A small casino in the north flourishes and a massive one in the south flounders in a market where the potential is vast but a winning investment model remains elusive
Provincial governments across Vietnam are clamoring for casinos at a time when the largest and most elaborate gaming resort in the country, The Grand – Ho Tram near the Mekong Delta on the South China Sea coast, is struggling to generate even a modest return on its US$500 million investment. The National Assembly’s response has been to consider the unprecedented step of formally regulating the industry. The idea is to make the country more comprehensible for big investments like Ho Tram. Yet the rules they are considering, at least as they appear so far, would render it an even tougher place to make money.
An ironist’s dream? Not as long as investors worlwide continue to look for new and creative ways to play the Asian tourism boom. China sent more than 80 million travelers into the world last year, and that makes Vietnam an attractive place to think about as a destination, the absence of a destination-scale casino industry notwithtanding. International arrivals to the country rose more than 10% last year to almost 7 million, 1.7 million of them Chinese. It’s why some 10 provinces have applied to the central government this year alone for permission to pursue gaming investments.
“They are in a race to earn money from this,” said Minister of Planning and Investment Bui Quang Vinh.
Joey and Ben Lim would beg to differ as well. The nephews of Genting Group’s billionaire Chairman Lim Kok Thay recently won an amended investment certificate from Hanoi endorsing a $50 millionplus expansion of their foreigners-only casino in the far north of the country accross the border from China’s Yunnan province. Their new Lao Cai International Hotel is scheduled to open the 18th of May with 428 hotel rooms, up from 34, and a casino that will go from eight very profitable table games to as many as 50 very profitable table games.
There are 45 million people in Yunnan. They’re the ballast under the ASX-listed stock of the Lims’ investment vehicle, Donaco International (ASE: DNA), which is valued currently at about $521 million on a share price that has risen more than 200% over the last year. Those Yunnanese are the reason the Lao Cai International was able to book US$40 million in gaming revenue in 2013, 80% of it VIP play delivered via relationships with some 20 junket operators. That’s roughly $11,000 per table per day, and what it implies for 2014- 15 in terms of the bigger casino that opens this month is a capacity to generate well more than $100 million a year—not counting the hotel side—and that’s equivalent to about one-third of the entire Vietnamese market as it exists today.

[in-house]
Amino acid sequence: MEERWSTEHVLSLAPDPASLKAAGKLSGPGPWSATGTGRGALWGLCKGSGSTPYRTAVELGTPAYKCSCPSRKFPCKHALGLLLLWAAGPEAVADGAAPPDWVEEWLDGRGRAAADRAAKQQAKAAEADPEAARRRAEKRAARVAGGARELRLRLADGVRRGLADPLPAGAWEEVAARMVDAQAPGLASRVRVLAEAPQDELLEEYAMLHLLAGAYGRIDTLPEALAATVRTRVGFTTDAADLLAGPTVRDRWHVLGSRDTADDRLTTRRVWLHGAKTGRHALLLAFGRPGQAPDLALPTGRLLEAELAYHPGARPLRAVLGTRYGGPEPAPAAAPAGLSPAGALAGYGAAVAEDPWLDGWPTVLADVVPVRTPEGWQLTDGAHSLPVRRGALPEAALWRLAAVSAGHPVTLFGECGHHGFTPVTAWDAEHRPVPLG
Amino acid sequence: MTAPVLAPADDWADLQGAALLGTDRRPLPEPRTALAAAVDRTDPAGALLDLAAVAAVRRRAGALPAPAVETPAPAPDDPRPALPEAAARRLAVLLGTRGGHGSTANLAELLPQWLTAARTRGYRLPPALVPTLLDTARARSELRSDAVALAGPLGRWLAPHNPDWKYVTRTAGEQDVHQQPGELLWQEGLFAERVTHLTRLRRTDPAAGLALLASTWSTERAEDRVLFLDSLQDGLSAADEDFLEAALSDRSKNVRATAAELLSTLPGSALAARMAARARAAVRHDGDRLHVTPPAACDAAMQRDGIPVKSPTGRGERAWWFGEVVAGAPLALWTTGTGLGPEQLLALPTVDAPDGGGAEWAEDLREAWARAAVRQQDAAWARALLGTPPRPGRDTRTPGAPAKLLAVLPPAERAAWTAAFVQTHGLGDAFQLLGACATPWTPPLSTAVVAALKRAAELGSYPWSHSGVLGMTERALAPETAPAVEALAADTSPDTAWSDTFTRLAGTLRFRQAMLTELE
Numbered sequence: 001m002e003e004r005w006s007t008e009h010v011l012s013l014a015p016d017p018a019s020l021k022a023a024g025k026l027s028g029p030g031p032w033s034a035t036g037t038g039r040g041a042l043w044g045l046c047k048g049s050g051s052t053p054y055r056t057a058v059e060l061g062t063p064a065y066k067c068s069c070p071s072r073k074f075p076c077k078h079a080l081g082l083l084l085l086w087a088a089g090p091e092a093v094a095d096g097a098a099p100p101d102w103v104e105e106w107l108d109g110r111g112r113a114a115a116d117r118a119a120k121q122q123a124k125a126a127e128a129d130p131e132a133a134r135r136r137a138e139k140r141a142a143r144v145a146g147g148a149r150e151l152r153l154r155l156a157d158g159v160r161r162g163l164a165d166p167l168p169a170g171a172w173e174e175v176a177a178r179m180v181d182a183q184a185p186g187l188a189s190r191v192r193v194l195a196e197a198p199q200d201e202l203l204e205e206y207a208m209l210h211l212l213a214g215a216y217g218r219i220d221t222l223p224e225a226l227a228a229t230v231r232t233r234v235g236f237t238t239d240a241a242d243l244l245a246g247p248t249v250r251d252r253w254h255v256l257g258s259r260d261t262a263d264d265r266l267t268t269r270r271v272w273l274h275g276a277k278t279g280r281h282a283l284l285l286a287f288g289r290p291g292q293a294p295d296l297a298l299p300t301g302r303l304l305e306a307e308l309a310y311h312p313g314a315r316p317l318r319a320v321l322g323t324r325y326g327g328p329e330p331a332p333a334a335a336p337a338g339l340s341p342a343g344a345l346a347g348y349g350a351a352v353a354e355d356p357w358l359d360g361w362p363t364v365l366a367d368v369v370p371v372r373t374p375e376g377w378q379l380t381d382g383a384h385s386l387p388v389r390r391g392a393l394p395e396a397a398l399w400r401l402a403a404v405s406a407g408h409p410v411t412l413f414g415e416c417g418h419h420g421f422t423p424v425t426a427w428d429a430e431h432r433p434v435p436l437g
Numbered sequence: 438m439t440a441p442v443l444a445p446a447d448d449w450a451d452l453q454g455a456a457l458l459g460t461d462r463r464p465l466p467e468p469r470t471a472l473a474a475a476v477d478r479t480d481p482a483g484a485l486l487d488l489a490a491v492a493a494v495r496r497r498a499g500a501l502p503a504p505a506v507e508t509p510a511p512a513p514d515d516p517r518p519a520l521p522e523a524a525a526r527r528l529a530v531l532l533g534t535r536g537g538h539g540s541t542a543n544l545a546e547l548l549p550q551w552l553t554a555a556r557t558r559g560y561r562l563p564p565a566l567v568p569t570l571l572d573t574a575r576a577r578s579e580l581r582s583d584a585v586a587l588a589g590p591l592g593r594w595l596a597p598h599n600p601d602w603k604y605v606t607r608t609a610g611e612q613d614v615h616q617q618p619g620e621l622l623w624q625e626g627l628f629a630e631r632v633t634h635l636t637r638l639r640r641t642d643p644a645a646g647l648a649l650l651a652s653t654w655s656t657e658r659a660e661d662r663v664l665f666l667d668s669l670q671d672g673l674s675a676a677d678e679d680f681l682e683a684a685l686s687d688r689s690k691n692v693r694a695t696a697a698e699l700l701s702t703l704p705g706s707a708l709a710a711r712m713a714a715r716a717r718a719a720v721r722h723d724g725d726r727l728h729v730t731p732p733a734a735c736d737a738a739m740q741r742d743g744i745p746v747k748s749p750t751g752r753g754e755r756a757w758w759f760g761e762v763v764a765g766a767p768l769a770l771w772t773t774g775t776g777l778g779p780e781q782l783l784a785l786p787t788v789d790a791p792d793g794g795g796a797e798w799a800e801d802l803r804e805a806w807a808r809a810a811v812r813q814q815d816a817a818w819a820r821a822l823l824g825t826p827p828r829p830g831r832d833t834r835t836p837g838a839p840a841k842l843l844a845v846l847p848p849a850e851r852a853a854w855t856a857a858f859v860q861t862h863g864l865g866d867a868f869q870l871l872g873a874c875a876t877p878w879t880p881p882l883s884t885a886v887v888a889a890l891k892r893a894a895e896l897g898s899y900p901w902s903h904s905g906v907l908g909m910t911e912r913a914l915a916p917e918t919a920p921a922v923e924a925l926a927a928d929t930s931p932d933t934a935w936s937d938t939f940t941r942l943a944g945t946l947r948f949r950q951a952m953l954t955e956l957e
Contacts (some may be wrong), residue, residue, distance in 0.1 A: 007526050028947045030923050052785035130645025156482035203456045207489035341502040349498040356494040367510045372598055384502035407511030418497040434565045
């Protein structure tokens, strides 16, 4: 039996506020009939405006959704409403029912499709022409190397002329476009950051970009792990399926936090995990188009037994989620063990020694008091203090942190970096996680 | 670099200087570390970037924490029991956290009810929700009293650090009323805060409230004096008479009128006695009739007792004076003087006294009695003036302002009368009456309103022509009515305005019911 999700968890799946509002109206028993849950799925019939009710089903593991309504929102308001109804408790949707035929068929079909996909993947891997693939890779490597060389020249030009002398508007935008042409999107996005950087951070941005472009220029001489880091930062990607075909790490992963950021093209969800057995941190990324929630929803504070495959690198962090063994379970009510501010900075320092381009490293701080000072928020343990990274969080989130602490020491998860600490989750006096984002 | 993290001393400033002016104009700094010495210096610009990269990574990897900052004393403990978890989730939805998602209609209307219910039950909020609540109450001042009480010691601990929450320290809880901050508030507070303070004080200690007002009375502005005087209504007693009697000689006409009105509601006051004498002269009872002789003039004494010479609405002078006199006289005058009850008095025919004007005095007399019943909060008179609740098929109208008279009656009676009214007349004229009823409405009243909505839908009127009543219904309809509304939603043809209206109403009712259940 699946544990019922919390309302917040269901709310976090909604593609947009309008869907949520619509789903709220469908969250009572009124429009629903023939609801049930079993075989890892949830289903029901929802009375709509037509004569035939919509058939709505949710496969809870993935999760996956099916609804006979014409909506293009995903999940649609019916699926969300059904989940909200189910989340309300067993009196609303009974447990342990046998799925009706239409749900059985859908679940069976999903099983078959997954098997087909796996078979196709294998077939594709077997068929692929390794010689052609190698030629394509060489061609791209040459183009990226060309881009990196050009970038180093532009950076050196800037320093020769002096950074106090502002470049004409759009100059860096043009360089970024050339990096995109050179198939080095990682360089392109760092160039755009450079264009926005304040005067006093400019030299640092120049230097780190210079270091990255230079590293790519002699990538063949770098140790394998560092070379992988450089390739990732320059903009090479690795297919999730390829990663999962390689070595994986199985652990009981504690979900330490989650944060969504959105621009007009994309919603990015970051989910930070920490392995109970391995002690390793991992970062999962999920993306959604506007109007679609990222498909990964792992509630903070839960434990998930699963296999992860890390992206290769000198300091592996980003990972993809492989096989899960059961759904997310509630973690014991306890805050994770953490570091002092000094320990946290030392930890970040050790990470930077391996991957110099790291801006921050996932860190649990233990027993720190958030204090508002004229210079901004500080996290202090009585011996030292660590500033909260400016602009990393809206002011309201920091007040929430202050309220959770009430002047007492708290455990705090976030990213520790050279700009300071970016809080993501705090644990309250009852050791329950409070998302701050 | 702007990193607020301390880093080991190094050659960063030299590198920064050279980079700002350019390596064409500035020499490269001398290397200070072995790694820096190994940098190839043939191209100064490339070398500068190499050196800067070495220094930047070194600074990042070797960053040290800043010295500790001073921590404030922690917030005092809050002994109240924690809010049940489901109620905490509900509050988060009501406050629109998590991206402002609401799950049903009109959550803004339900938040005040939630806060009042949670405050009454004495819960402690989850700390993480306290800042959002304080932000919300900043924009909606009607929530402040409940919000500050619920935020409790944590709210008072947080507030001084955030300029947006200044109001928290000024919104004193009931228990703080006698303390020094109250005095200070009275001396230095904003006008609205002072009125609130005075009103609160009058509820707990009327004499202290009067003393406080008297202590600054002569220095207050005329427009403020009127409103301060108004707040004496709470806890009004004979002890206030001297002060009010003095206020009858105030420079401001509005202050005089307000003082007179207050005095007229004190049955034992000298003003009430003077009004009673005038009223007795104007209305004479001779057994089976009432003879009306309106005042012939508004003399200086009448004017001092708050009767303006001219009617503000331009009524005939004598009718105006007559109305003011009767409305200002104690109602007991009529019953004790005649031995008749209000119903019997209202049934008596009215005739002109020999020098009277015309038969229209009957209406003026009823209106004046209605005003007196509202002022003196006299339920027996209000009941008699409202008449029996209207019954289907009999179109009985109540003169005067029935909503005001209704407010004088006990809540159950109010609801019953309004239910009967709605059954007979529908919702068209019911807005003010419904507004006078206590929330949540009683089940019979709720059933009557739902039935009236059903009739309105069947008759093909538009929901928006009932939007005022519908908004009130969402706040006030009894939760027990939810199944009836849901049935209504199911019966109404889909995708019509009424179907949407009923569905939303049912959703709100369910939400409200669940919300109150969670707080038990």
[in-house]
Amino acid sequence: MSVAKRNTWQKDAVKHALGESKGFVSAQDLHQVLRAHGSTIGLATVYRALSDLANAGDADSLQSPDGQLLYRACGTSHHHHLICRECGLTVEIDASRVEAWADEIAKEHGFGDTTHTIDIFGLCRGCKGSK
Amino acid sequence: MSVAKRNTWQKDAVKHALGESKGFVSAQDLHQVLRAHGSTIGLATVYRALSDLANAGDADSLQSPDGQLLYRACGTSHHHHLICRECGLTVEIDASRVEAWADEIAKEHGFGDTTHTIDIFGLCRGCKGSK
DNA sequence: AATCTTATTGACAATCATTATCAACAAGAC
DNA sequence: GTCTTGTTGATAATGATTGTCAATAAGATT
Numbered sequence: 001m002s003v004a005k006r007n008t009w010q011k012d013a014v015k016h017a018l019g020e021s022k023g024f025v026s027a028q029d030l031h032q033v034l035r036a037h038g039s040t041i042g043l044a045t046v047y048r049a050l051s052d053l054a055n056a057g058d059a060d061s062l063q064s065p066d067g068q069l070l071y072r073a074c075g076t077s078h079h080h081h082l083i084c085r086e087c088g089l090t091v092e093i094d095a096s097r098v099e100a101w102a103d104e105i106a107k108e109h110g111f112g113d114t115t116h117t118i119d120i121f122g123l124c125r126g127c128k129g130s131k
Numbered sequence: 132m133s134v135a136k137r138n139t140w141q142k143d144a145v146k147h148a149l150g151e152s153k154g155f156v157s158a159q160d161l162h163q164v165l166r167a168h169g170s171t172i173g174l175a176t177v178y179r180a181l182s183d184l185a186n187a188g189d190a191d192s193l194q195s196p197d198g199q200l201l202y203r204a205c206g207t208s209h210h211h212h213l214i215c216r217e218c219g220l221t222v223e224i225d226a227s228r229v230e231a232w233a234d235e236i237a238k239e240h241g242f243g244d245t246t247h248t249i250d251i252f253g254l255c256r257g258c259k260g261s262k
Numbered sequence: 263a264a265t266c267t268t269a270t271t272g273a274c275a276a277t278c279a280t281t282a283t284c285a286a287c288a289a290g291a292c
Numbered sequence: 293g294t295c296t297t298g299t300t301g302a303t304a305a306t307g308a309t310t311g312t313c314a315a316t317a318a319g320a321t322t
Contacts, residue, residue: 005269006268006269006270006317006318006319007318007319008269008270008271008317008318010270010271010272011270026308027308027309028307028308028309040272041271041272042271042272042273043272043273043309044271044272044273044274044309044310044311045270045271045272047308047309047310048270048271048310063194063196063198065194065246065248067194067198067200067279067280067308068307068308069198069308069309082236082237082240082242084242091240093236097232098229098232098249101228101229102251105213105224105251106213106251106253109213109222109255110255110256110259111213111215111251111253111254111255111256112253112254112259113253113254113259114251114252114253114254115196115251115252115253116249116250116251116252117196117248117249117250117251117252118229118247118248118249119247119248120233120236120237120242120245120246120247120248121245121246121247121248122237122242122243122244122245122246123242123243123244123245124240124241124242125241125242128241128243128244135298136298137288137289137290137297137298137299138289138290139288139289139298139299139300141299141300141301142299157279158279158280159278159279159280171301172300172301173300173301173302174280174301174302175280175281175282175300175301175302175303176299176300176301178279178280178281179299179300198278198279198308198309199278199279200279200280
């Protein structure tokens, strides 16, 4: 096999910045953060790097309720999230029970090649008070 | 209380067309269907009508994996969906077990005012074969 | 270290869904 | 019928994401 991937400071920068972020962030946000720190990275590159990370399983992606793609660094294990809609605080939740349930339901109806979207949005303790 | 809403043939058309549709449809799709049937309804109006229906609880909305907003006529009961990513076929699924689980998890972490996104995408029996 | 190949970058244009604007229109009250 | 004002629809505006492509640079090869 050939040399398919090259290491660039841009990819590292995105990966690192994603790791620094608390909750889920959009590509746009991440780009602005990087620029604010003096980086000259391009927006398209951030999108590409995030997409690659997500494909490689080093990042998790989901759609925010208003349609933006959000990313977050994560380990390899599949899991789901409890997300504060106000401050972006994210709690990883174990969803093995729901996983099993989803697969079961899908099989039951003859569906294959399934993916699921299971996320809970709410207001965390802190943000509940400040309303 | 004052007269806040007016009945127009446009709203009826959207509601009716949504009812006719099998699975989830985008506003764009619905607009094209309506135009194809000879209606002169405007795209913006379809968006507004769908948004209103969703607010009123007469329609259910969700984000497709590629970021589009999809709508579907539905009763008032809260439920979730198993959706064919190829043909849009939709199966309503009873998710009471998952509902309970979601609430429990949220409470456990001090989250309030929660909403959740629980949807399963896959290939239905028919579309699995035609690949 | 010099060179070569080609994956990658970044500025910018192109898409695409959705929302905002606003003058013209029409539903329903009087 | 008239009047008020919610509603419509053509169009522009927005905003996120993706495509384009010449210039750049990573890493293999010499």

On the strength of it Donaco was able to raise A$100 million from two private placements in Sydney in the last year to pursue what it terms a “strong pipeline of opportunities” in which Vietnam is likely to figure as prominently in the future as it does today.
It’s been a nice revenue stream as well for the provincial government, which owns 5% of Lao Cai.
And two new highways are coming to the region that will only bolster the resort’s positioning: one from Hanoi designed to tie the province more closely to the larger economy of the north, one from China that will cut the drive from Yunnan’s capital of Kunming in half to about four hours.
About 160 kilometers east of Hanoi, the casino in the northern port city of Haiphong derives 70% of its business from Chinese players. Another casino on picturesque Halong Bay in Quang Ninh province next door similarly benefits from proximity to the giant neighbor to the north. A UNESCO World Heritage Site, Halong has long been a popular destination for domestic and foreign vacationers, and the government of Quang Ninh is looking to leverage that with a much larger casino as part of a planned megaresort called Marina City designated for a 300-hectare island in Halong Bay called Tuan Chau, which lies within a special economic zone much favored by the central government and known as Van Don.
Marina City is the brainchild of a Vietnamese entrepreneur named Dao Hong Tuyen, a 60-year-old veteran of the Cambodian war that overthrew Pol Pot and reputedly a US dollar billionaire twice over, with holdings in agricultural fertilizers, food and beverage, banking, construction, imports and exports and leisure and tourism.